The weather’s been so odd lately.
Guess what - Mother’s Day is this weekend.
You’ve been reminded.
A light cake goes well with anything, whether it's a formal meal or a barbecue.
Speaking of Mothers and cake, I just remembered a cake that Ma surprised us with one Spring day.
She told us that the clipping said that it had a sweet tart flavour.
I forget who started it, but we started to tease her about making a sweet heart cake.
Well, you know how family jokes go… from then on we called it Ma’s Sweet Heart Cake.
And we enjoyed it every time she made it.
Actually, that name suits it.
It’s delicious and uses up whatever you have in your fruit bowl.
In my book, anything that is that accommodating is a sweet heart of a recipe.
You can line a greased regular loaf pan with parchment paper leaving about a 2 inch overhang on the sides, so that you can remove it easily.
This is a cake that is open to suggestions.
You can use 1 Tablespoon each of your favourite three from the following: orange zest, lemon zest, lime zest and grapefruit zest, finely grated, instead of 3 Tablespoons of just one type of zest.
Or you can use half and half, or two to one. Your choice. It’s your cake.
Zest is a handy thing to have. You can wrap zest in plastic wrap or aluminum.
You can also place it in a small freezable bag or container.
It stays good up to a month.
Instead of the orange or lemon extract you can use 2 Tablespoons of any citrus juice or vanilla extract in the cake.
You can also top the cake with a Simple Syrup:
Place in a heatproof measuring cup or bowl
3 Tablespoons water
Heat water in a microwave until hot.
1/4 Cup sugar
Stir to dissolve.
1 Tablespoon lime juice
1 Tablespoon lime zest, finely grated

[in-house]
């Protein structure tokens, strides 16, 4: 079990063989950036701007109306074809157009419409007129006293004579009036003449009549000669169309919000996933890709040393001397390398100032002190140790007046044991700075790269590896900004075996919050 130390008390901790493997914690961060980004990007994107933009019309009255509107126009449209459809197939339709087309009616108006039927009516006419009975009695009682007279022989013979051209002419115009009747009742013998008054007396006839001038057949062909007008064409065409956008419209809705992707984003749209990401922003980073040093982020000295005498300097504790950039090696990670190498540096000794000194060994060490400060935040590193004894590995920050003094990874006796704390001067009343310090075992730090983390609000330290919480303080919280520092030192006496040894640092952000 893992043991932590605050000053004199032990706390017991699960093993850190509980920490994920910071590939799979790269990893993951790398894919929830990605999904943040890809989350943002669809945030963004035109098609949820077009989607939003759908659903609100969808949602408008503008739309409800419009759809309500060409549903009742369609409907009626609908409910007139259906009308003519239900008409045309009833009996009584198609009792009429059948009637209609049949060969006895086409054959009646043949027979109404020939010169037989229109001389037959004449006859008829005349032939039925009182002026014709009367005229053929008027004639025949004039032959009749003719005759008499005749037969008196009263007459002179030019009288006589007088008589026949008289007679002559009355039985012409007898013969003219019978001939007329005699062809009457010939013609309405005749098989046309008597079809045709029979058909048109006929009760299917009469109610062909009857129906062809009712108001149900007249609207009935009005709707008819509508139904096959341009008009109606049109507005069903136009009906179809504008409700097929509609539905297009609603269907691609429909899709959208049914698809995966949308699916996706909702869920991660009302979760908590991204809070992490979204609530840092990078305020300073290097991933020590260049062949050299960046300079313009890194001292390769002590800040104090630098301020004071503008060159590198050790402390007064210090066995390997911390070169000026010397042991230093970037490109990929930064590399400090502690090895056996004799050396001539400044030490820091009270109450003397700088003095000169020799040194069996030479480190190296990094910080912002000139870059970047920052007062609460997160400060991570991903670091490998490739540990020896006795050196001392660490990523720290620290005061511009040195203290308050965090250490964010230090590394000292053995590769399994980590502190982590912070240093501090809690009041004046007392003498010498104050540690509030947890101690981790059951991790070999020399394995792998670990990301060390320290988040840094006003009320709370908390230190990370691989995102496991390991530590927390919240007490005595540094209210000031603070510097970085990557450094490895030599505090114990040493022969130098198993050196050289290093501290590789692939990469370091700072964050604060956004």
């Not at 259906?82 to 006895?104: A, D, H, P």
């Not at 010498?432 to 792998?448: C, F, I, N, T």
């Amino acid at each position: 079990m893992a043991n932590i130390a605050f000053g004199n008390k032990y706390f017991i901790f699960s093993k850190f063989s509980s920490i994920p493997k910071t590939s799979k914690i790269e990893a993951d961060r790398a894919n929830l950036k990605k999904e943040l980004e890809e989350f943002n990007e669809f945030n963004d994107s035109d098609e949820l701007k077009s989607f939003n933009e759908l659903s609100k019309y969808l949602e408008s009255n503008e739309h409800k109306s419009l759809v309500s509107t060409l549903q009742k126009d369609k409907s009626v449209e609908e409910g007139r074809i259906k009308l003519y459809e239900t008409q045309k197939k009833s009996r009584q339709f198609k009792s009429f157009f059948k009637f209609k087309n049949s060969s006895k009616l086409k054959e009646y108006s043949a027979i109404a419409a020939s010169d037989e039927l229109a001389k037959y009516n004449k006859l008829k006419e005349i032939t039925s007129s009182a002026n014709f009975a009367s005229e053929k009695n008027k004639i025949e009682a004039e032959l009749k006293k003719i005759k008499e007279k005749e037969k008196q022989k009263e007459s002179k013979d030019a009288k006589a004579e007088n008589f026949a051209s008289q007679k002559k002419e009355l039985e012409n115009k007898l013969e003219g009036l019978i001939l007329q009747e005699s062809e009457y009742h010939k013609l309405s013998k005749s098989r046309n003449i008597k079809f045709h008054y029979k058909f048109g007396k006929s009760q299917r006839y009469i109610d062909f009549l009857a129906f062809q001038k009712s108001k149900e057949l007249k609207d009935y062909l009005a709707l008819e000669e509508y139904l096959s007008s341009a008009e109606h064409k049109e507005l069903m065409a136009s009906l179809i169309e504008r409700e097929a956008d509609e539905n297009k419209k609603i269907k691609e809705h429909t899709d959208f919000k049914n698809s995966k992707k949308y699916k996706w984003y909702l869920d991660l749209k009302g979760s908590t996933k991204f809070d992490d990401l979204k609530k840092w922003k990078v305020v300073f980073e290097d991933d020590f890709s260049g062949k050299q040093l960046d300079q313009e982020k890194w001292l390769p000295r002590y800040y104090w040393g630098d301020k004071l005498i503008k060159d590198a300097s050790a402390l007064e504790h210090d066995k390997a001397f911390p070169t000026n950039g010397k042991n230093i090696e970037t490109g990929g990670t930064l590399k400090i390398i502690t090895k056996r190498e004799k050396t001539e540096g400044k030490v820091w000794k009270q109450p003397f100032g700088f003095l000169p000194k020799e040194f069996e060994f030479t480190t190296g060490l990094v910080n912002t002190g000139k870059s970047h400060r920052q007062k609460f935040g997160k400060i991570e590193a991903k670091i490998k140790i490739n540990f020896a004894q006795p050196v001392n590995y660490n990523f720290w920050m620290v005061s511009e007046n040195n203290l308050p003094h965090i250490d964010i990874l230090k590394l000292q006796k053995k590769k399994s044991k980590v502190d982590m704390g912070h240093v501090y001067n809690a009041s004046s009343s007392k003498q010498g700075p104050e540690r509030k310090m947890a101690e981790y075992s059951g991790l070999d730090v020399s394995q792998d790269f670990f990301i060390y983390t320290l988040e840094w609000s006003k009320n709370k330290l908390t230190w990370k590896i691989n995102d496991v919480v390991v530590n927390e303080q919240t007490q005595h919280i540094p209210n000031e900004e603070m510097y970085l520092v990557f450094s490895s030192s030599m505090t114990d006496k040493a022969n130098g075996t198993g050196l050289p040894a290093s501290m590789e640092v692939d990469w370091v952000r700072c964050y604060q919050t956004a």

Allow simple syrup to cool to room temperature.
Brush the simple syrup over the completely cooled cake.
Let the simple syrup soak into the cake before serving, at least 15 minutes.
About the syrup…
instead of the lime juice and zest, you can use orange, lemon or grapefruit.
If you’re in a rush, or Mom prefers a dusting of confectioners’ sugar, that works, too.
Like I said: it’s your cake.
Your Mom prefers banana pound cake? No problem. Make
Sweet Heart Pound Cake
Heavily grease and flour a 9 x 5 inch loaf pan
Sift together in a medium bowl
1 3/4 Cup + 1 Tablespoon flour
1/2 teaspoon salt
1/4 teaspoon baking powder
1/4 teaspoon baking soda
Combine in a small bowl
1/4 Cup sour cream
1 teaspoon orange or lemon extract
3 Tablespoons of orange, lemon, lime or grapefruit zest, finely grated (or see hints)
Preheat oven to 350º F
Place in a large mixer bowl
1 Cup butter
1 Cup + 2 Tablespoons sugar
Beat until light and fluffy, about 5 minutes.
Add, one at a time, beating well after each addition
4 large eggs
Add half of the dry ingredients into the large mixer bowl.
Blend on low speed until just combined.
Add in all of the sour cream mixture. Mix until well blended.
Add in the remaining dry ingredients. Blend just enough to combine.
Pour the batter into the prepared pan.
Place into the preheated oven.
Bake for 70 to 75 minutes.
A toothpick inserted into the centre should come out clean.
Remove from oven and allow the loaf to cool in the pan for 10 minutes.
Run a knife around, between the cake and the cake pan, to loosen the cake.
Carefully remove the cake from the pan.
Place onto a wire cooling rack to cool completely.
When cooled, place the cake on a pretty serving platter.
While the cake is baking, prepare the frosting:
Place in a medium bowl
3 Cups confectioners' sugar
1 teaspoon lemon or orange extract
1/4 Cup water gradually, beating until the glaze is smooth.
Spread the frosting over the cake.
Sprinkle over the top
3 Tablespoons of lemon or orange zest, finely grated
About the sky, thanks to the folks at The Farmers' Almanac…
Look to the southeast after dark to see Jupiter, shining at magnitude -2.5 in Libra. The king of the planets reached its opposition to the Sun on May 8th, so it’s up practically all night this month. Jupiter is edging slowly westward toward from the 2½-magnitude star Alpha (α) Librae (Zubenelgenubi) nearby.
May 15 - New Moon, 7:48 a.m. In this phase, the Moon is not illuminated by direct sunlight and is completely invisible to the naked eye.
May 17 - Look to the west-northwest sky at dusk to see the slender crescent Moon, 9-percent illuminated, to the left of the brilliant planet Venus. Venus hangs at practically the same height, moderately low in the west-northwest during twilight all through the month of May.